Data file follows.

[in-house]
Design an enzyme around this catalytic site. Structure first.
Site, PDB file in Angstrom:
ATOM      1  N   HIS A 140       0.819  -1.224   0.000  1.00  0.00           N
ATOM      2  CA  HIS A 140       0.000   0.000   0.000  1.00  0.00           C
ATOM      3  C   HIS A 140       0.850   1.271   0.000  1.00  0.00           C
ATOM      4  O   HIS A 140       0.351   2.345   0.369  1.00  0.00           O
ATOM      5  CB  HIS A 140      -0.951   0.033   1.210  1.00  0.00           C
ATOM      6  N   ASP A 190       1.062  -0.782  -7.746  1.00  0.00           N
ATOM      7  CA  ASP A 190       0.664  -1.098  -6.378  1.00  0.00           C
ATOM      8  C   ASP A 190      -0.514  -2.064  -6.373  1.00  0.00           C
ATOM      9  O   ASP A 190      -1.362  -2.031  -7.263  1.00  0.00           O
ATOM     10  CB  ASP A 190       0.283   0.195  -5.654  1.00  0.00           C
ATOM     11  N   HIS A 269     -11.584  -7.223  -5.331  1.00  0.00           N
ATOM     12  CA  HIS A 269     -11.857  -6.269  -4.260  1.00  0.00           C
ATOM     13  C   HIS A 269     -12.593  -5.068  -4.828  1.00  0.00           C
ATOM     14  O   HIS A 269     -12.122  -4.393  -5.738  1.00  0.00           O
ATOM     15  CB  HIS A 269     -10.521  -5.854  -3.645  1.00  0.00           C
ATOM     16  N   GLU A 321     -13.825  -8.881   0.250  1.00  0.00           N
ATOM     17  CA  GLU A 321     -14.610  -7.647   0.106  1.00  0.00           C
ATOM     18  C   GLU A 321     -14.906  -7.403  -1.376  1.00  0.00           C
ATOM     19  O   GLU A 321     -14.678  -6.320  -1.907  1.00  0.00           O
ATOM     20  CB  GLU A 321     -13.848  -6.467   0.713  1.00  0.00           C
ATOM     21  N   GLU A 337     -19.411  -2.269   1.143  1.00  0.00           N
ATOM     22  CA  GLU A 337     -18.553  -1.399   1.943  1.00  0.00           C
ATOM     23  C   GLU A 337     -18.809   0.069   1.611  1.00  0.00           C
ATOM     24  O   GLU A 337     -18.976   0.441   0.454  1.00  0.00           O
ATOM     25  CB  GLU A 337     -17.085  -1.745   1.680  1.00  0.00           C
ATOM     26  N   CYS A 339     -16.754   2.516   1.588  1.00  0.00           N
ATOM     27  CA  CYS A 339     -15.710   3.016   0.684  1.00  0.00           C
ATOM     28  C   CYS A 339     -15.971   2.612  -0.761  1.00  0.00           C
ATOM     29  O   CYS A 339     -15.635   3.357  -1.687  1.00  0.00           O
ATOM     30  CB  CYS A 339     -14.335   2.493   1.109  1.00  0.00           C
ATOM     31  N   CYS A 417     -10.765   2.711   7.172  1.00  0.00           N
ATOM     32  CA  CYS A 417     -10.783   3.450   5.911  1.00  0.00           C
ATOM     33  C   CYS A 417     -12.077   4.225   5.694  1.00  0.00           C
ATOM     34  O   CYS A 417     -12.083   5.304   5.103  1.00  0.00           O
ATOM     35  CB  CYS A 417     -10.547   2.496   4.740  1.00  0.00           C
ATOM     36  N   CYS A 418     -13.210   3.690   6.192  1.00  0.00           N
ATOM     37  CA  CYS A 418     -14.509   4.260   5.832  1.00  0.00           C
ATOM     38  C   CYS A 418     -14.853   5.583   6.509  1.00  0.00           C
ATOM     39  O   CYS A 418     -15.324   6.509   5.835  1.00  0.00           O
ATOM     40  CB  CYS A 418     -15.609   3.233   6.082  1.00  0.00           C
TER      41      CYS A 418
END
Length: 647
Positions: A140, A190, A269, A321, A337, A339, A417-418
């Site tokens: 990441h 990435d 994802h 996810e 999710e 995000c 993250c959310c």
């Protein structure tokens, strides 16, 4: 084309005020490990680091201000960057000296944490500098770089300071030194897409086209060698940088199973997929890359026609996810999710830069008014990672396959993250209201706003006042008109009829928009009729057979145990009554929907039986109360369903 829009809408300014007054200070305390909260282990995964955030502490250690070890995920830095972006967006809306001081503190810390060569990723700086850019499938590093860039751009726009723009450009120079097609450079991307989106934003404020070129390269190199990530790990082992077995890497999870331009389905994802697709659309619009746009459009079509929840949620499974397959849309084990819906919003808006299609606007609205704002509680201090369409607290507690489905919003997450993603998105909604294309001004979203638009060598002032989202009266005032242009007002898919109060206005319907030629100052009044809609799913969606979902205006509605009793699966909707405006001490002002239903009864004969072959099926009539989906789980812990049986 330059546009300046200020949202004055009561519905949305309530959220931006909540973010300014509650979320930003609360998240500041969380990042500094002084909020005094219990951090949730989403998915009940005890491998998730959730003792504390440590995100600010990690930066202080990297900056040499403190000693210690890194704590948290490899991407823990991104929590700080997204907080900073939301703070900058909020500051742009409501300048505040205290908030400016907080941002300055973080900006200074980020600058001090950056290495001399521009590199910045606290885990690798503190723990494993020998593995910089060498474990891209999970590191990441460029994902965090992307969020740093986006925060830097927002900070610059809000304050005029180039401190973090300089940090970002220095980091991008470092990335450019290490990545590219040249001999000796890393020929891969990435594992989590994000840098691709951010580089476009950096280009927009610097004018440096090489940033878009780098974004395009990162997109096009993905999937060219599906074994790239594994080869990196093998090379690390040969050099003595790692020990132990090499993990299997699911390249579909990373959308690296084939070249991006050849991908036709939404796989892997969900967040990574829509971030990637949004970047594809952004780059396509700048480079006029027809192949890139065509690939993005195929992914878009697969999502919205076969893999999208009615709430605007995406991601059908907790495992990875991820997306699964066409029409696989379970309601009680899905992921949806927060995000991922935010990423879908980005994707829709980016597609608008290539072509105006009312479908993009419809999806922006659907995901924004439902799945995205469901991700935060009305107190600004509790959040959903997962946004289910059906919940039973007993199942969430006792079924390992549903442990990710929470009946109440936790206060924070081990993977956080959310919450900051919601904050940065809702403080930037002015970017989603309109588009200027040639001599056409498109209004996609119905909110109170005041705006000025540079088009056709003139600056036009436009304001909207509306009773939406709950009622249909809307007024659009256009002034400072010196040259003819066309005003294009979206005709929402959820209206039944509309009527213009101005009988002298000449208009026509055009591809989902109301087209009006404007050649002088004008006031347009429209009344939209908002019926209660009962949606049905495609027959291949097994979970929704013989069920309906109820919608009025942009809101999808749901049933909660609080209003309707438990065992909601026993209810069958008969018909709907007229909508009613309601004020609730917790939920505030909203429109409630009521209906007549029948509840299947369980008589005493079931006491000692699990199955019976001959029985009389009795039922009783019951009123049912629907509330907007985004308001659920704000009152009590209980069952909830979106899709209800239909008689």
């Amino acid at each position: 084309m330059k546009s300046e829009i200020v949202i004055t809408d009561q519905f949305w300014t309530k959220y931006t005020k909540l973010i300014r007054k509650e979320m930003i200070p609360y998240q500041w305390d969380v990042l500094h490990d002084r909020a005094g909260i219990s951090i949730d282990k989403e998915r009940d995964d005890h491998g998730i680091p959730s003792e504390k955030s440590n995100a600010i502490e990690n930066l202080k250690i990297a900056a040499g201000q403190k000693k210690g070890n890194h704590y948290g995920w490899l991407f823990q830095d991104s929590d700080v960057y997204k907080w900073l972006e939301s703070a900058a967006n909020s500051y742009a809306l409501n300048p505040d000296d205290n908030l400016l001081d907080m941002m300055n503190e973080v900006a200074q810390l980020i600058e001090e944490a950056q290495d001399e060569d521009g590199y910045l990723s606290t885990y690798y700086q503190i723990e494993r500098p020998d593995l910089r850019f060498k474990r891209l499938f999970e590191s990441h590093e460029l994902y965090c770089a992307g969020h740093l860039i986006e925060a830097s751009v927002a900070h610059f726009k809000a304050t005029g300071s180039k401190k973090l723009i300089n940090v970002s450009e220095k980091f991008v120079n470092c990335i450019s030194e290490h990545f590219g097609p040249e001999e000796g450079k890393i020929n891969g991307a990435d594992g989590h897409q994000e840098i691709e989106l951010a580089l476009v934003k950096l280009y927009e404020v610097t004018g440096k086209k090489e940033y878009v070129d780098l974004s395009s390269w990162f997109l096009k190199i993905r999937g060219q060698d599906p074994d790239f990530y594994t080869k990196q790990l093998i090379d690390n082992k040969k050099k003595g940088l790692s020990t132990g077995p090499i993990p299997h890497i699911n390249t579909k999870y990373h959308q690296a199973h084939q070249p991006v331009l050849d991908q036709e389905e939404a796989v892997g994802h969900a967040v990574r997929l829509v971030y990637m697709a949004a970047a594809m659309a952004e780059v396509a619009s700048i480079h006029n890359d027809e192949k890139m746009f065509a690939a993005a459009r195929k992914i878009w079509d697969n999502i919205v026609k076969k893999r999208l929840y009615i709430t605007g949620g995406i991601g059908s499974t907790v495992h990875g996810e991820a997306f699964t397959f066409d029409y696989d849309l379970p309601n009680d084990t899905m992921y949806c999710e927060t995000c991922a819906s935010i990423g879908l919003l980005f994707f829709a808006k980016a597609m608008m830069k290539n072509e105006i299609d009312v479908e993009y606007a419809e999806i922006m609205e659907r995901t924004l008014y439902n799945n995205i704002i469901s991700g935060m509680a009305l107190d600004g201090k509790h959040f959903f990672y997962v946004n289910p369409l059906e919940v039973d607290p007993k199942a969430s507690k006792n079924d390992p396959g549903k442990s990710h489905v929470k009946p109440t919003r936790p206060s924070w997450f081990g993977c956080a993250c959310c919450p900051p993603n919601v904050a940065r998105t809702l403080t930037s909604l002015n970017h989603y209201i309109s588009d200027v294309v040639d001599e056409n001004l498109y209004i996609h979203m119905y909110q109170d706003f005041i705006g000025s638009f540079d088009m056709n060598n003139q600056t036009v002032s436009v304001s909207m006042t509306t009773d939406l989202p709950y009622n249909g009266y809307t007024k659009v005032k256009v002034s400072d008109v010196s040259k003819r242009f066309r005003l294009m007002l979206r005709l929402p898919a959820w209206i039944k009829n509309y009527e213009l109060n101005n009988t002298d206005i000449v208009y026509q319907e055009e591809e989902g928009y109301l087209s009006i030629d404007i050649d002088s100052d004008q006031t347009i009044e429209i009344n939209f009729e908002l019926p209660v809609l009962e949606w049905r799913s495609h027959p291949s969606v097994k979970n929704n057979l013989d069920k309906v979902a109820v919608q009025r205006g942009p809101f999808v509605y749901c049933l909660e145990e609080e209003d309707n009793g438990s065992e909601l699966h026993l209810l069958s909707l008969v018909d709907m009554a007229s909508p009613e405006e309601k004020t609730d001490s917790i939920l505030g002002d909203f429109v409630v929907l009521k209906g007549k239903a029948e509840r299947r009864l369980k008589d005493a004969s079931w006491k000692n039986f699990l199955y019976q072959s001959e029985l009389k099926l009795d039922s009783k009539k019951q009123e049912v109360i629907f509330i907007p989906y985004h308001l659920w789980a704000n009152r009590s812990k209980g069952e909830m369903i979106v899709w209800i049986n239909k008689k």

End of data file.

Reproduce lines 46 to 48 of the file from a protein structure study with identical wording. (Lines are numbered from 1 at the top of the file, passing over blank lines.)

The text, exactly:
Length: 647
Positions: A140, A190, A269, A321, A337, A339, A417-418
């Site tokens: 990441h 990435d 994802h 996810e 999710e 995000c 993250c959310c």